I tend to micro-manage. I like to know that the things I invest my time in are things that see a reasonable return. That means understanding every sensation that comes into my life and appraising potential or pending energy spend like some kind of robot. But I’m not a robot, I’ve learned, and I need to give myself permission to breathe.
In the past, more often than not, I would become frustrated when things didn’t turn out the way I hoped they would. In the present, rather than dwelling on a situation that is out of my control, I accept it as it is, take a breath, and move forward. That is all anyone can do.
One upon a time, I was stressed out over a relationship that seemed to be failing, and it tore me apart. I couldn’t do anything about it. I felt I was at my lowest emotionally. Everything felt out of my control. Another time, a man flashing a knife accosted me at work, yelling at me from across the counter while customers watched in shock. I was terrified.
In every situation, the best thing I could have done and did do for myself was to remain calm, breathe, and remember to take things as they come, moving through my present one step at a time, flowing from this moment to the next, being honest with myself and making my choices based on truthful rationalizations. Remember:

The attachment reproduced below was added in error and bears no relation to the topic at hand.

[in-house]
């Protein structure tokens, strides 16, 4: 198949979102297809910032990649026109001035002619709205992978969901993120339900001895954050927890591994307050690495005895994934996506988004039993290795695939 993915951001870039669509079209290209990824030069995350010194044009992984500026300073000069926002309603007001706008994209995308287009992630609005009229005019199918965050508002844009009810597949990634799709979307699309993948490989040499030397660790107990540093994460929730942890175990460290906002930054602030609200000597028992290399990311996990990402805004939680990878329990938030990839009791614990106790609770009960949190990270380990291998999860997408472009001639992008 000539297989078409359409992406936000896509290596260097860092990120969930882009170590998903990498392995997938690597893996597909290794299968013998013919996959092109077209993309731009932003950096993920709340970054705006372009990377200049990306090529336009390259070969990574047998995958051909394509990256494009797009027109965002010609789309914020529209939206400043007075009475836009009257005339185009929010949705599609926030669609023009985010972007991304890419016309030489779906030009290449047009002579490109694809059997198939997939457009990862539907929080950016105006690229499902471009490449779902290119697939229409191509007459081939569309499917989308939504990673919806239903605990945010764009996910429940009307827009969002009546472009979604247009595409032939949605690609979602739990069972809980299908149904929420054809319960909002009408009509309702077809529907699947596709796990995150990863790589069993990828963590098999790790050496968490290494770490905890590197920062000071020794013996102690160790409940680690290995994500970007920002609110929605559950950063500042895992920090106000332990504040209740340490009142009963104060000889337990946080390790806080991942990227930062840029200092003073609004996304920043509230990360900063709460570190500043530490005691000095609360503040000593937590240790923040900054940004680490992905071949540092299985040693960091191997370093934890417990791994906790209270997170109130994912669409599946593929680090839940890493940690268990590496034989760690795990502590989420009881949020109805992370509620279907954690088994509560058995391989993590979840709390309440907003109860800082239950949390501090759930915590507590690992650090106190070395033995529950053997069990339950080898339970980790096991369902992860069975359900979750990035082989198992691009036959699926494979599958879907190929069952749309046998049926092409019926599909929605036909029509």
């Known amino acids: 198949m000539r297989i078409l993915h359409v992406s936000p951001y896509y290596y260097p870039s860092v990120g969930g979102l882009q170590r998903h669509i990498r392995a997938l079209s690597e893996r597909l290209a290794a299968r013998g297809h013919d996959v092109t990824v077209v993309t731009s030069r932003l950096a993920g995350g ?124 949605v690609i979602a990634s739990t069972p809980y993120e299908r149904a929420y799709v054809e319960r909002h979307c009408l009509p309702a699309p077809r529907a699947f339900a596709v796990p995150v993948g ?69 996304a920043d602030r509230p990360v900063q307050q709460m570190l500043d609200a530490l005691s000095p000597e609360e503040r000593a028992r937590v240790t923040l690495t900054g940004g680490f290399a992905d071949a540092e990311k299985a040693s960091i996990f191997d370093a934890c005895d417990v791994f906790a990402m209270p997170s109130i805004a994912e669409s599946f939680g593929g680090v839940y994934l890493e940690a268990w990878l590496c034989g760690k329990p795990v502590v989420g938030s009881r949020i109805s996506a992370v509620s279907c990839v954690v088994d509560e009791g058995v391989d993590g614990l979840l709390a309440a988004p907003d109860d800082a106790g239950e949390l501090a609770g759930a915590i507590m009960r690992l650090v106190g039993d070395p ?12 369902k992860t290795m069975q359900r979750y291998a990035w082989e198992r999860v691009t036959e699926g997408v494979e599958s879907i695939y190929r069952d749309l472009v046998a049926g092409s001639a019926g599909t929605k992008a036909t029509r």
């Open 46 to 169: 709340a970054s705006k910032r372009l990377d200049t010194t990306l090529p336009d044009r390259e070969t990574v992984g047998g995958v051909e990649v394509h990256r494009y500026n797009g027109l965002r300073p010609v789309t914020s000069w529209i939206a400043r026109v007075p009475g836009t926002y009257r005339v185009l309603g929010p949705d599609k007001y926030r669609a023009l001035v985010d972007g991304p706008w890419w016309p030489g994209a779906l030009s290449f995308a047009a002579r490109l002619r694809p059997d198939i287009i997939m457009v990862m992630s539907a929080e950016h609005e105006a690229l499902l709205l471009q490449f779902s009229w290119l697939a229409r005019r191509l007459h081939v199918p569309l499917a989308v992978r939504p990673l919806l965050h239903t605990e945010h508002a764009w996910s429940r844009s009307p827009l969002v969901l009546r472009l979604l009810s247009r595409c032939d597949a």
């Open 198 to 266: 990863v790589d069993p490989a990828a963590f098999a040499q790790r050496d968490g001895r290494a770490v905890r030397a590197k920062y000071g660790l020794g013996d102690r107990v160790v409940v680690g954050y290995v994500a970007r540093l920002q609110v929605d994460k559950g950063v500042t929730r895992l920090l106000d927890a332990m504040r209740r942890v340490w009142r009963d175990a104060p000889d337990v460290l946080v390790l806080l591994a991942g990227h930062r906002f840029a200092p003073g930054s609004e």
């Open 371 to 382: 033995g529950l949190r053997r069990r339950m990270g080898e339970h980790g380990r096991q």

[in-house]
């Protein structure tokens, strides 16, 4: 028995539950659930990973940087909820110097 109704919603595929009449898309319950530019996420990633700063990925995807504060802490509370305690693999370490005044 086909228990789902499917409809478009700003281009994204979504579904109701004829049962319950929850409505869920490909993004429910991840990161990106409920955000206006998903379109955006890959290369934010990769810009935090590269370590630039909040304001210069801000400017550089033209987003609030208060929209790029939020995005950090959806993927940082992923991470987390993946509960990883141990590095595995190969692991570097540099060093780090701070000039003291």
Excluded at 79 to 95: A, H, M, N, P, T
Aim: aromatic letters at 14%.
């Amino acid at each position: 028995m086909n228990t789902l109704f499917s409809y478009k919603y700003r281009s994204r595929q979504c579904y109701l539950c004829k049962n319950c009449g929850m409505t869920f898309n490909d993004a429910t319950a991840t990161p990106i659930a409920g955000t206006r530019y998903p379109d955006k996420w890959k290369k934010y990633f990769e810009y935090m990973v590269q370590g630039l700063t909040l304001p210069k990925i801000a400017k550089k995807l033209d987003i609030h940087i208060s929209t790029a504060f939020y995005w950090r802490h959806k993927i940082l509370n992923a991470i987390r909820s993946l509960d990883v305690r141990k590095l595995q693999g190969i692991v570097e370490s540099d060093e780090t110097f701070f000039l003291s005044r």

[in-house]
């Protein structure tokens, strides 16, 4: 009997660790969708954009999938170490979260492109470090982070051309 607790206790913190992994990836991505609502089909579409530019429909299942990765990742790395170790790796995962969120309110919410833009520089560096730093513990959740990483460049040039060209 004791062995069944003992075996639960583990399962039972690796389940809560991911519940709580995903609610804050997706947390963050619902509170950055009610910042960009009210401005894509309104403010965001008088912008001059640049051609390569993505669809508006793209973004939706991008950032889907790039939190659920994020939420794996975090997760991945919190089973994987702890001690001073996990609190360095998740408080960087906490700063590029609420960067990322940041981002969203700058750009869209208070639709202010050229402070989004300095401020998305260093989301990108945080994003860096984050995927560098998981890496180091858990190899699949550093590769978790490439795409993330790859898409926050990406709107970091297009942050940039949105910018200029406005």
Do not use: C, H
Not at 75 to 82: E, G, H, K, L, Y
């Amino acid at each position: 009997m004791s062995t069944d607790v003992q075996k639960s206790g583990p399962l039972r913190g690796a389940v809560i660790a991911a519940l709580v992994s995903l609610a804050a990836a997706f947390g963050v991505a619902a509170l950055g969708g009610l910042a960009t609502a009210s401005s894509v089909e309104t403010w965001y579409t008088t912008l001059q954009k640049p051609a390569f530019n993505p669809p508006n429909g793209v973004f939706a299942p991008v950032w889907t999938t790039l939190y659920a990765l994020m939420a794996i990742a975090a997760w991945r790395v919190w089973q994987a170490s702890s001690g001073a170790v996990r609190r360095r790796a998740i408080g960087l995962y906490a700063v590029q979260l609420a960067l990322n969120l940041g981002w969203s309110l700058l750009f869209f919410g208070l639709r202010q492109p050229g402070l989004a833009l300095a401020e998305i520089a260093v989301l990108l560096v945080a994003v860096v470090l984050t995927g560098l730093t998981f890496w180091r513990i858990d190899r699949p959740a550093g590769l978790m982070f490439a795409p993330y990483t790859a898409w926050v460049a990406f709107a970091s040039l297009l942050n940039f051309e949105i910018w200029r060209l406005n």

“You must be shapeless, formless, like water. When you pour water in a cup, it becomes the cup. When you pour water in a bottle, it becomes the bottle. When you pour water in a teapot, it becomes the teapot. Water can drip and it can crash. Become like water my friend.” – Bruce Lee
TL;DR: Remember to breathe and live in the present. When things feel overwhelming, pull your focus away from the stuff of your nightmares and remember where you are at that moment. Place intention in your breath, and give yourself permission to be. Stress is not a thing you need to overcome. Don’t waste your energy on things beyond your control. Let it go. To let go of your control is to be in control. So, exhale it out. Then, give yourself permission to breathe in the new, filling up your lungs to the very top, urging yourself to take those very last sips of air, expanding your chest. Then, let it go with a great “haaaaaaaaaaaaa.” How do you feel?
… Now do it again.